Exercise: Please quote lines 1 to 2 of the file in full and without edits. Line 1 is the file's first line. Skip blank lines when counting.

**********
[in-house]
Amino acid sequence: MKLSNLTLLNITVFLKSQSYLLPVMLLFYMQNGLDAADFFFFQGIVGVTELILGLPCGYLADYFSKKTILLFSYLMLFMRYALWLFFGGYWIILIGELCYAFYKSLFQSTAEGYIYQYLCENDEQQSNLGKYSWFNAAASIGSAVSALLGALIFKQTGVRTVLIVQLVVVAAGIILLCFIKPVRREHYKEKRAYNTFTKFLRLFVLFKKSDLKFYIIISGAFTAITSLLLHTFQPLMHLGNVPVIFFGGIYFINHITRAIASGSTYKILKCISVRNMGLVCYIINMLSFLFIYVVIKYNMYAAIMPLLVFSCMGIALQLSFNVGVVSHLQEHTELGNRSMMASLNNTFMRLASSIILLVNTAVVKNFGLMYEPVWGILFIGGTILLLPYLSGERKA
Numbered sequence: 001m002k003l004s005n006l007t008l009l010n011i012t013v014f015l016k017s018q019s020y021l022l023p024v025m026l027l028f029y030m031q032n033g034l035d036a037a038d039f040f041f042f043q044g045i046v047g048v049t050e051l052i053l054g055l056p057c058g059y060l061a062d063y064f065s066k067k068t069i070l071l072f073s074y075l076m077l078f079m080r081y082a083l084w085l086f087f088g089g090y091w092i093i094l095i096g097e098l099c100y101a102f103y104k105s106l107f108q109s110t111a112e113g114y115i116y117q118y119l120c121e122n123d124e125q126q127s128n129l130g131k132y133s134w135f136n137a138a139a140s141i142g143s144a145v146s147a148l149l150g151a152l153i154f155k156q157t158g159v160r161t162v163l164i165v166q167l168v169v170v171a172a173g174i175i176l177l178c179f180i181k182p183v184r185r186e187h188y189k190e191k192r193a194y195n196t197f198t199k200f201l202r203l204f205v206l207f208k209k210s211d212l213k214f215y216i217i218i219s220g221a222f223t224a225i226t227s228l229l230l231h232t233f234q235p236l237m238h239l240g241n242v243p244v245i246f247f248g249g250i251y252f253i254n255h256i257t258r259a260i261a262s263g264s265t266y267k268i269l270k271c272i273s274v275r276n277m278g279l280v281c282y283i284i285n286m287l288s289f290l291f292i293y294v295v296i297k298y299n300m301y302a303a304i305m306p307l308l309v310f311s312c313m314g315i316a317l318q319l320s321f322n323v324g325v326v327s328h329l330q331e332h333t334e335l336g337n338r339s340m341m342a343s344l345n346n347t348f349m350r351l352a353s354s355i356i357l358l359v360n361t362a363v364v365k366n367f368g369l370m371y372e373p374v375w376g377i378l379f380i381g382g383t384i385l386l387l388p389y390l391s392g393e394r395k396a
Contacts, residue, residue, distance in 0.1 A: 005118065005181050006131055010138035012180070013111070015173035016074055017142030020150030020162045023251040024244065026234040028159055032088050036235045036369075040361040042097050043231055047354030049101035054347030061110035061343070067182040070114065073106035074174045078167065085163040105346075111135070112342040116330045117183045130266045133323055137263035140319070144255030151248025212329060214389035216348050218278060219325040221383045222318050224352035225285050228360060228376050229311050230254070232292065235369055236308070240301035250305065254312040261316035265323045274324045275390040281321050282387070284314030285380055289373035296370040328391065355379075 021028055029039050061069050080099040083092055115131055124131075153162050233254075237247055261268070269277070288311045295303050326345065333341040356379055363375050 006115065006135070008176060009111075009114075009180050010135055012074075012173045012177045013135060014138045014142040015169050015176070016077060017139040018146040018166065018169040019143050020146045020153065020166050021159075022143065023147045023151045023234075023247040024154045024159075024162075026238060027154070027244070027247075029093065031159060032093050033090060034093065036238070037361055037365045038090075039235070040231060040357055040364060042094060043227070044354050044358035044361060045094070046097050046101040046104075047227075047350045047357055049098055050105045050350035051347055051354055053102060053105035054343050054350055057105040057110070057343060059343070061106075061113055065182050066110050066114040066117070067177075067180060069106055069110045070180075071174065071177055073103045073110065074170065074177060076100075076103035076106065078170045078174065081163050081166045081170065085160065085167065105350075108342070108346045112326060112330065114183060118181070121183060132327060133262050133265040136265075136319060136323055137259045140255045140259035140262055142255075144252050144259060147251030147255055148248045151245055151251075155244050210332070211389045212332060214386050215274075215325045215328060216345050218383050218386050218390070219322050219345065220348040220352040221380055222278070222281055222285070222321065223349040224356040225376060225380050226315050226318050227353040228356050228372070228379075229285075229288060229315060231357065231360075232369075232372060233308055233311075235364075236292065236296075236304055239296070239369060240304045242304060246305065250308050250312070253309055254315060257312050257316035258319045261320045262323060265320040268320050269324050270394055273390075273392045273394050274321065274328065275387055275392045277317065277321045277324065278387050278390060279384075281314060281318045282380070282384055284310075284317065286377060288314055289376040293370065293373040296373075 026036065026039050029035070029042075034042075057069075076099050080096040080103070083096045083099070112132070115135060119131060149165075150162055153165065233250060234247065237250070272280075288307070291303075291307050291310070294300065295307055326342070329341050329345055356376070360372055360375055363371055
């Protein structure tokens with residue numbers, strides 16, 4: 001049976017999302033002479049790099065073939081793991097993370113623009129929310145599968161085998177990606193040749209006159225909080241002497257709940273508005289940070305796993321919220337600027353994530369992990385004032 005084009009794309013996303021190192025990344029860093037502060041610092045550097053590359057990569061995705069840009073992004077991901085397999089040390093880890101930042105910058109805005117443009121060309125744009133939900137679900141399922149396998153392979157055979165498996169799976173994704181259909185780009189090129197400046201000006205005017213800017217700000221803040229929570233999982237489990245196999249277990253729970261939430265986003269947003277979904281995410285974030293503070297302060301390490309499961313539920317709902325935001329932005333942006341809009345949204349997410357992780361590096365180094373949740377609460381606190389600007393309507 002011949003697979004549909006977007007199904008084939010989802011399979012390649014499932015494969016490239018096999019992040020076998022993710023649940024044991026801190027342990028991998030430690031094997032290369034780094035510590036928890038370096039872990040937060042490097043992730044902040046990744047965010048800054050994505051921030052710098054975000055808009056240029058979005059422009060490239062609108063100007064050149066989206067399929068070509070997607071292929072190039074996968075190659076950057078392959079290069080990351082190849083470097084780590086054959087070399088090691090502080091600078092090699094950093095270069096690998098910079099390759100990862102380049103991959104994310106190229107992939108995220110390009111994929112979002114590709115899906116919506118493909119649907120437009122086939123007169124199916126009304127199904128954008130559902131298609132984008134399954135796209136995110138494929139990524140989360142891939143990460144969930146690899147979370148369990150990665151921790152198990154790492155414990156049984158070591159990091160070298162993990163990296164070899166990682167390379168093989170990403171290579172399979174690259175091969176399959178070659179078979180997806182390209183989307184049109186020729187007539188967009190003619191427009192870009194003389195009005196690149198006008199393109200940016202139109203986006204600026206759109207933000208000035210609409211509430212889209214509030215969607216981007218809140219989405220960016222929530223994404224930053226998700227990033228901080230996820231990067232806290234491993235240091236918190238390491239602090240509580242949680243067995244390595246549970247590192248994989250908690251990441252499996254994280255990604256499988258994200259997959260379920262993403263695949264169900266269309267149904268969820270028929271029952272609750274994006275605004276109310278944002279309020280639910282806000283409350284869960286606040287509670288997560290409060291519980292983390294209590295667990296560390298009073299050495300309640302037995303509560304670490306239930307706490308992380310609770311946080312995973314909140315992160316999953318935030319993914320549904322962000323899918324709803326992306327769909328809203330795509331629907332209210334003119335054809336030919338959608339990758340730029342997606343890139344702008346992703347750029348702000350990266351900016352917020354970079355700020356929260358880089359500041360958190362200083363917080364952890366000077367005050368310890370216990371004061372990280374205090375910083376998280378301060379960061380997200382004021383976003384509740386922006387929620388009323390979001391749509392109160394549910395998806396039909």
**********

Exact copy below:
[in-house]
Amino acid sequence: MKLSNLTLLNITVFLKSQSYLLPVMLLFYMQNGLDAADFFFFQGIVGVTELILGLPCGYLADYFSKKTILLFSYLMLFMRYALWLFFGGYWIILIGELCYAFYKSLFQSTAEGYIYQYLCENDEQQSNLGKYSWFNAAASIGSAVSALLGALIFKQTGVRTVLIVQLVVVAAGIILLCFIKPVRREHYKEKRAYNTFTKFLRLFVLFKKSDLKFYIIISGAFTAITSLLLHTFQPLMHLGNVPVIFFGGIYFINHITRAIASGSTYKILKCISVRNMGLVCYIINMLSFLFIYVVIKYNMYAAIMPLLVFSCMGIALQLSFNVGVVSHLQEHTELGNRSMMASLNNTFMRLASSIILLVNTAVVKNFGLMYEPVWGILFIGGTILLLPYLSGERKA